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Currently reading

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Just before I dive back into my other project, the one I don't talk about, I thought I'd post a short note about the pile of books that I'm currently reading...…

Another day learning the Linux way...

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My client has decided that we should ignore the video driver problem and press on with the proof of concept using the external VGA screen as a display. So this week was spent learning about building software for a machine running a minimal Linux installation using libc 2.3.2 on a machine running a proper distro using libc something else...…
Seems like I broke it when I added the GoogeAds for that feed... RSS 1.0 (full articles) RSS 2.0 (extracts)…

My own legacy code

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I've just started work on an ISO8583 server for a client. I've done similar work for them in the past and the first thing that I did was to take the basic shell of the last server that I did for them and update it to use all of latest version of The Server Framework. The next was to start to look at the first of the requirements for the new server. It was then that I realised that I was working with legacy code...…

A single responsibility, please

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Having got the CMessageProcessor under test in the last posting. I added a few easy tests for the object and then I came to another hard to add test. The reason that it was hard to add was that the object is doing a little too much.…

What's wrong with my CSS?

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My <pre> styling looks OK (to me at least) in IE 6 and horrible (double spaced and strange) in Firefox. Can anyone tell me why? The CSS looks like this: pre { color : #990000; font : "Courier New", Courier, monospace; font-size:small; font-weight:normal; padding : 5px; line-height:100%; }…
Sahil Malik doesn't agree with Jeremy Miller's description of excessive tracing being a code smell. He suggests a 'neat' way to get around the problem but, IMHO, he's completely missing the point, and I've said as much before. Oh, and I agree with Rockford, the 'neat' way stinks ;)…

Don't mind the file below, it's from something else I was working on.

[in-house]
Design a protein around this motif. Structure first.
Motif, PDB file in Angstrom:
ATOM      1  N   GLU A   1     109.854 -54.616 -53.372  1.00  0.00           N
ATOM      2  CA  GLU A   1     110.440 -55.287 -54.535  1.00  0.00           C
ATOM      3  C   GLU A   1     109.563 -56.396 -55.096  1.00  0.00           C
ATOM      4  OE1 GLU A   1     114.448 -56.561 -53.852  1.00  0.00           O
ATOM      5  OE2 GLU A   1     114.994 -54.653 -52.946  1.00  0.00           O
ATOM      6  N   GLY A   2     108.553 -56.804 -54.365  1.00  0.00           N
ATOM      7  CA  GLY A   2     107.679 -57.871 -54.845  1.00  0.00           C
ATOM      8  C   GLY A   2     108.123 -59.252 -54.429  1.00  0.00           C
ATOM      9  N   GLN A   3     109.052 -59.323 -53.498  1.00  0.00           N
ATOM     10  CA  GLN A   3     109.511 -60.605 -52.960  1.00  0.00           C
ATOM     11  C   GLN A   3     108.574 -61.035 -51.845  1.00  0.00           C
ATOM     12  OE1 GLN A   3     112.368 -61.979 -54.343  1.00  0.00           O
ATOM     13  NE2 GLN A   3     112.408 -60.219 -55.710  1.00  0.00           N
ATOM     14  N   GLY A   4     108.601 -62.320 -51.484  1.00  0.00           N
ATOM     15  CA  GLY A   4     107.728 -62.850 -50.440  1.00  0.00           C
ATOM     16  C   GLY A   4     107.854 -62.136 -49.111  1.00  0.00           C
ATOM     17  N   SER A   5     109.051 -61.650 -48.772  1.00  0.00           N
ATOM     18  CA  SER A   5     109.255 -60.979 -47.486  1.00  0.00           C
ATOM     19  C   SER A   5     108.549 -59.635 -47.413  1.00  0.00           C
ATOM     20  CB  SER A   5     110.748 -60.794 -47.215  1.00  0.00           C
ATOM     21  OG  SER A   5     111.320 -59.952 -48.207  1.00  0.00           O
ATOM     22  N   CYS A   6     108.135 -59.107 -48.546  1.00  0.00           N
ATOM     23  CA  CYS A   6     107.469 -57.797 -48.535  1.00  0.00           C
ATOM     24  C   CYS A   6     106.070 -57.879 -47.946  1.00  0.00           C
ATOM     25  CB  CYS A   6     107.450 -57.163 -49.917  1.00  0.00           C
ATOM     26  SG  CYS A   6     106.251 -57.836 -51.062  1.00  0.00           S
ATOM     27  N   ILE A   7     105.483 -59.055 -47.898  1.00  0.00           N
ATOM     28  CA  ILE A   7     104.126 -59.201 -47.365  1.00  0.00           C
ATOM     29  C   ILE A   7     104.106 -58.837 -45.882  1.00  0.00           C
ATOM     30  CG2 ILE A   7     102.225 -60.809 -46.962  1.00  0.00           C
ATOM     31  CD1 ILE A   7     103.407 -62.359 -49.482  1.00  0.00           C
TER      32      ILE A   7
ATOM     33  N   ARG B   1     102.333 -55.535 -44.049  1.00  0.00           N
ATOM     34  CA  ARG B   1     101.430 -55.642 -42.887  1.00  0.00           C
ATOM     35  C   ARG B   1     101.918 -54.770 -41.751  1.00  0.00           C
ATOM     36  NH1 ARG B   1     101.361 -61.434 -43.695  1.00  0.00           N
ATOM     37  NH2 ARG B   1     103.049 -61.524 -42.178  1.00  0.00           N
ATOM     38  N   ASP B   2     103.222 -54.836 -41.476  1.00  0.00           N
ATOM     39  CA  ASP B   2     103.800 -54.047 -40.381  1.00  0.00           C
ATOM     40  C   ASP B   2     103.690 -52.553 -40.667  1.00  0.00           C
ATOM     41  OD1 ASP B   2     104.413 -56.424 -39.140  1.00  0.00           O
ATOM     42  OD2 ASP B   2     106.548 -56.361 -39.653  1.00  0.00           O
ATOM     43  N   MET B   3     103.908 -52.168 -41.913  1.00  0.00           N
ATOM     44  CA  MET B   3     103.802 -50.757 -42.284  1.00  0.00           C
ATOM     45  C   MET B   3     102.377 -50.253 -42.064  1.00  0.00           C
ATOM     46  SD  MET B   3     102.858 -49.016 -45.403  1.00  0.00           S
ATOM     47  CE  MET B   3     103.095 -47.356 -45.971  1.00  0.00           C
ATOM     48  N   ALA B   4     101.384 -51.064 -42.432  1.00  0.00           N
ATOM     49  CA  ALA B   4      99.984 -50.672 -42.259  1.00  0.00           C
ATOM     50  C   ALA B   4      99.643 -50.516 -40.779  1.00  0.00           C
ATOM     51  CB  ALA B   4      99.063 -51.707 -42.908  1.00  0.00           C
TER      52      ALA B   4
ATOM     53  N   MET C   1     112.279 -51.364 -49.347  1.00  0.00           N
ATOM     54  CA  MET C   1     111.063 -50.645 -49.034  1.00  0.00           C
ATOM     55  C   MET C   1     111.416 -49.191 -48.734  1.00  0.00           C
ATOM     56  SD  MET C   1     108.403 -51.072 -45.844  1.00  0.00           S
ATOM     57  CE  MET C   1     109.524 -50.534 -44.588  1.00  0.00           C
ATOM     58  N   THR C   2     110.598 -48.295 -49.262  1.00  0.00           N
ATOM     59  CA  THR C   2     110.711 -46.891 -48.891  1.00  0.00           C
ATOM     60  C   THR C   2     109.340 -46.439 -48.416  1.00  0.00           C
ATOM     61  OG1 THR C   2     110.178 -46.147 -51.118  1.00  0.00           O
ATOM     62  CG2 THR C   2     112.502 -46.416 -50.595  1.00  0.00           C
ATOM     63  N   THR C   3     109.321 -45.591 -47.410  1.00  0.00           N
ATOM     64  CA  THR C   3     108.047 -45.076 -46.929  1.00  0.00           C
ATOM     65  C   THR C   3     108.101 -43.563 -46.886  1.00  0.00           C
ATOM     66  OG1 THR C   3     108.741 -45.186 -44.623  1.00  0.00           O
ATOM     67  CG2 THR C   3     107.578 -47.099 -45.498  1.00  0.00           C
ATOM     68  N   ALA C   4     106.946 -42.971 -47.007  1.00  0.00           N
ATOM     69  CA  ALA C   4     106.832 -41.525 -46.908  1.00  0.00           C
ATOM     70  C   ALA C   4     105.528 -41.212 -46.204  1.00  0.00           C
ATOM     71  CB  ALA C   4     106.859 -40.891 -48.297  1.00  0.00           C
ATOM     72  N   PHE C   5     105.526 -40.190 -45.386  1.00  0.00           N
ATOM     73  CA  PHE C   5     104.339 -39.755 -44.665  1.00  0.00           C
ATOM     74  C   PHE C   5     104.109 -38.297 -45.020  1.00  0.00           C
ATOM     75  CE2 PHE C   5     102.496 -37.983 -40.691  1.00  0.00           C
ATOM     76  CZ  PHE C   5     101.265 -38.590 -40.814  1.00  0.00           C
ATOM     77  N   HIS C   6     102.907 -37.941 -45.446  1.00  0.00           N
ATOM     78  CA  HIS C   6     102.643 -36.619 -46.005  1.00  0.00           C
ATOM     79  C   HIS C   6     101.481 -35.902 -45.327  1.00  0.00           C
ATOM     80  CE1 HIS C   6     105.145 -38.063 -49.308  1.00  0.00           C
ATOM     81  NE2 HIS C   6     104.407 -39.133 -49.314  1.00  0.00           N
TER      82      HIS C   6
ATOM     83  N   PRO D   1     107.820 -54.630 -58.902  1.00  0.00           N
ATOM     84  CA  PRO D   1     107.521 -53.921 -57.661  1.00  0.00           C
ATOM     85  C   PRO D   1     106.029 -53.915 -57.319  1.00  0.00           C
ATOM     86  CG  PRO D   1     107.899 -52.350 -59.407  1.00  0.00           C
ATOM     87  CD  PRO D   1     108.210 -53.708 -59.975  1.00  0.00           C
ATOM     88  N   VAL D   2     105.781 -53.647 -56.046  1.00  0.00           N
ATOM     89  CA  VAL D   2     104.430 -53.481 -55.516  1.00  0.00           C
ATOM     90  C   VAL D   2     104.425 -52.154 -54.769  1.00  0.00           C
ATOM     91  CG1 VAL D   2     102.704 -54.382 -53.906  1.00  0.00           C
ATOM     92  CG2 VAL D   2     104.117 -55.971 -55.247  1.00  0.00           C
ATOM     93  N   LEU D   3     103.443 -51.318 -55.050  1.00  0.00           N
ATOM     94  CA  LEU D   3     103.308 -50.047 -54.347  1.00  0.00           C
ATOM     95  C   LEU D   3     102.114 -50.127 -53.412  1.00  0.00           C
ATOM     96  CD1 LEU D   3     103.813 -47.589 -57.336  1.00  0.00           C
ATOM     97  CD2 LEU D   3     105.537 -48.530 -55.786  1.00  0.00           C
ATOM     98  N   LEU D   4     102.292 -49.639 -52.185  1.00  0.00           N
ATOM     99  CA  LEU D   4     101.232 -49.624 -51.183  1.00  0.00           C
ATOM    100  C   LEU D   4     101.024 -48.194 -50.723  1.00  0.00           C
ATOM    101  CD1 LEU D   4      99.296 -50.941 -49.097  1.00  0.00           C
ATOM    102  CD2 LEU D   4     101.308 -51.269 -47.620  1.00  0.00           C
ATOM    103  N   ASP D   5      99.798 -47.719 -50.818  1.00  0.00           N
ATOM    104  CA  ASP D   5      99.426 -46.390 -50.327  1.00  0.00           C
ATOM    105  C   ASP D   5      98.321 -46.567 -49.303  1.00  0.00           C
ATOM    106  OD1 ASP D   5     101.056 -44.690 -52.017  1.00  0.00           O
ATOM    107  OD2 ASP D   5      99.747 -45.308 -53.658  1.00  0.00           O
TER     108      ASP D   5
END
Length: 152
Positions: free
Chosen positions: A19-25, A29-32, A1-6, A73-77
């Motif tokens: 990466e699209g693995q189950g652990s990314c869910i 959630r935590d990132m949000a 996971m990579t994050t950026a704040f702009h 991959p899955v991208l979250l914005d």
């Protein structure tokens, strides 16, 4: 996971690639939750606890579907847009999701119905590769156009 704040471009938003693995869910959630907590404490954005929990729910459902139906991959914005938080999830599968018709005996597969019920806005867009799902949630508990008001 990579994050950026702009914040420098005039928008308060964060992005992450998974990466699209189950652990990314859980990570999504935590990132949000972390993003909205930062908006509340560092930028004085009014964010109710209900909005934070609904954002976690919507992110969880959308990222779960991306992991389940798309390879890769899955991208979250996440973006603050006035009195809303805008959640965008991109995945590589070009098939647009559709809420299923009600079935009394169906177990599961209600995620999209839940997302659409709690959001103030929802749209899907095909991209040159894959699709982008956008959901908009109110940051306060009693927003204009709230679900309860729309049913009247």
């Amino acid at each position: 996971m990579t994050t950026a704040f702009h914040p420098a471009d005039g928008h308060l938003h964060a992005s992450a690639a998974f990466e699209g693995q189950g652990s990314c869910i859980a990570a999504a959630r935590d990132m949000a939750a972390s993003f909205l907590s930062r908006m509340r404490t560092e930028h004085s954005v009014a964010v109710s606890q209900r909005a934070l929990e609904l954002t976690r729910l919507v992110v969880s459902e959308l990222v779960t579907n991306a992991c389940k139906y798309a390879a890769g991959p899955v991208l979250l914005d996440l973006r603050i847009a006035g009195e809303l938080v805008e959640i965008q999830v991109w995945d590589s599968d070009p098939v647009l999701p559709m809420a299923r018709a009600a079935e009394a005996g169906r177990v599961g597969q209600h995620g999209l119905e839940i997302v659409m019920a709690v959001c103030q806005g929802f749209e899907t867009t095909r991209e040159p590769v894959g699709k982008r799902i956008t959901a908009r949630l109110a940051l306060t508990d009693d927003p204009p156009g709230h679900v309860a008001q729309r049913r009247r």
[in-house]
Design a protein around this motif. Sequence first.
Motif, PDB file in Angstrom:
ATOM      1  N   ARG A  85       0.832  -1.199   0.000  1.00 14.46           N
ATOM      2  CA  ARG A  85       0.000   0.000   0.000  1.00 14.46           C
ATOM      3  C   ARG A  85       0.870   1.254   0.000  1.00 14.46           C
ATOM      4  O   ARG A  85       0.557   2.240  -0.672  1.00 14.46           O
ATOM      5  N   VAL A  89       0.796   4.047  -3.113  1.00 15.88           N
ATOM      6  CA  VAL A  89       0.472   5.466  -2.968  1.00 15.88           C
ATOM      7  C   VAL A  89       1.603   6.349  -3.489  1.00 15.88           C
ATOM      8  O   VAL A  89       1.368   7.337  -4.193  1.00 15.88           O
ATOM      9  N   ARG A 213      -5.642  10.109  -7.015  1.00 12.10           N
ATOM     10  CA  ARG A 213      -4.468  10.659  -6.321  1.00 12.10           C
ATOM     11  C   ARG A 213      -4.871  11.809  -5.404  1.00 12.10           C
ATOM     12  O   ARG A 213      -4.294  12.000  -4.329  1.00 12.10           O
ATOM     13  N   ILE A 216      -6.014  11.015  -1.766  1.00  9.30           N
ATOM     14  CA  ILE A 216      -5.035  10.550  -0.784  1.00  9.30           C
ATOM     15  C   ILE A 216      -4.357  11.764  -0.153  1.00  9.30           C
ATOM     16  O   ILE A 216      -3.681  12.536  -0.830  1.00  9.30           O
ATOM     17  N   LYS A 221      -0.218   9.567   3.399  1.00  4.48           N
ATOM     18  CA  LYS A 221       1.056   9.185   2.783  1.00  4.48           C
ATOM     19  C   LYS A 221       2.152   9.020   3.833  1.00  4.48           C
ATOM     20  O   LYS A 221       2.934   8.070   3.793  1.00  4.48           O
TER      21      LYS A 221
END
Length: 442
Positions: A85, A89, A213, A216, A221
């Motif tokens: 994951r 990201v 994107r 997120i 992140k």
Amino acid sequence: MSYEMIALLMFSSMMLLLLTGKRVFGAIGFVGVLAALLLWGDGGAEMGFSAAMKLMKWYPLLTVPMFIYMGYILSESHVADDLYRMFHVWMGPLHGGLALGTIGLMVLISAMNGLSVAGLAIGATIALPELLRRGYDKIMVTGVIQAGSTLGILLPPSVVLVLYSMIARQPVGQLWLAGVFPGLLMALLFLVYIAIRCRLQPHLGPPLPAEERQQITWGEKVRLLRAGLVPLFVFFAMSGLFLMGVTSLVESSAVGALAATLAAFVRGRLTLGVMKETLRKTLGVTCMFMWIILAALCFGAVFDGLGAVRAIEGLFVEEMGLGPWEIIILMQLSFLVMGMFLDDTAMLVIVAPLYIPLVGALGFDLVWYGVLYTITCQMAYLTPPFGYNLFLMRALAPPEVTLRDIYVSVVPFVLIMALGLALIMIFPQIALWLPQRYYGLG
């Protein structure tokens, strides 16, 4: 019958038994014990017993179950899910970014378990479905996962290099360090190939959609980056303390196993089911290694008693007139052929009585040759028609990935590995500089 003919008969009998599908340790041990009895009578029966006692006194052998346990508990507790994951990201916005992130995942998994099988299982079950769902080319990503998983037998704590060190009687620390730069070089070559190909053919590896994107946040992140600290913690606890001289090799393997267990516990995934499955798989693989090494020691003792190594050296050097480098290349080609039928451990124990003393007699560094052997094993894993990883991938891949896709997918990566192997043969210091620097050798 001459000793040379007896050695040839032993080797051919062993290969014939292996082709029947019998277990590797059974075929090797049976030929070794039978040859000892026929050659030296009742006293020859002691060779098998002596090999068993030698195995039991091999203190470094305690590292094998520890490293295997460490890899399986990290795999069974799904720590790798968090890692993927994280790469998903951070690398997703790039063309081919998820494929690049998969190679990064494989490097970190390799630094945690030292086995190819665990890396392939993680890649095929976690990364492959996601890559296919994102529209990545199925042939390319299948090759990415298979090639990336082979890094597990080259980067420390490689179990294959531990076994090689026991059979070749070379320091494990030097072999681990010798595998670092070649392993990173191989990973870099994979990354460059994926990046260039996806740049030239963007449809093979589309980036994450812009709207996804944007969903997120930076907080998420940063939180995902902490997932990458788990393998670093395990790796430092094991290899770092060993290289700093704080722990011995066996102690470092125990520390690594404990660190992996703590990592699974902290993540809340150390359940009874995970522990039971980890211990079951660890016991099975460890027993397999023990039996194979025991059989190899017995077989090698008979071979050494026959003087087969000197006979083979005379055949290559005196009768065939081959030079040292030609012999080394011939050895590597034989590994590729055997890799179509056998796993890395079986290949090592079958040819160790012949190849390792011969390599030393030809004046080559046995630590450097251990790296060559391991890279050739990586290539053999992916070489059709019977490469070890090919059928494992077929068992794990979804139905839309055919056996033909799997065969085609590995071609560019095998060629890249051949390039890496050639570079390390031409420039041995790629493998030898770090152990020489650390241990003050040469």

There's a rather disappointing article on .Net sockets in this month's MSDN magazine.…

This should be interesting

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Richard Hale Shaw is writing some blog entries about moving away from C++ (to .Net). But then he would say that, wouldn't he. His job includes providing courses for people learning .Net... ;) Anyway, I'm sure it'll be an interesting series of articles, especially given his current views on C++...…
Robert Scoble, and others, are discussing blog search engines at present. It's quite interesting to see that there are lots of different approaches to the same problem. Mary Hodder's article is good in that it explains a bit about the differences in how Bloglines and Technorati get their figures. I guess it's early days in the blog search engine space but none of the existing offerings really do what I'd like ;) You see, I think that these search engines could help to reinforce the threads of conversation that permeate the world of blogs...…

Unit testing for speed?

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Simon is thinking about using unit testing to help with performance testing. Whilst I've found it useful to use unit tests as very focussed ways to run a profiler on a selection of code I don't think it's a good idea to tie the success of your test to it completing within a particular length of time. After all, you might decide to run all of your tests under a tool such as Boundschecker and it would be a pity to get false failures due to the fact that the test is running slower just because you're using some other…
Simon says; I've stopped using ?: because it isn't as readable as an if .. then .. else. ... I, personally, don't find the readability of the conditional operator (?:) a problem. No more than I find readability of assignments or pointer operations a problem. I can see how that since the conditional operator is only appropriate for use in certain circumstances, some programmers may not have come across it very often and for them it may be harder to understand than a construct that they know well. In C++ I find that I use the conditional operator most often…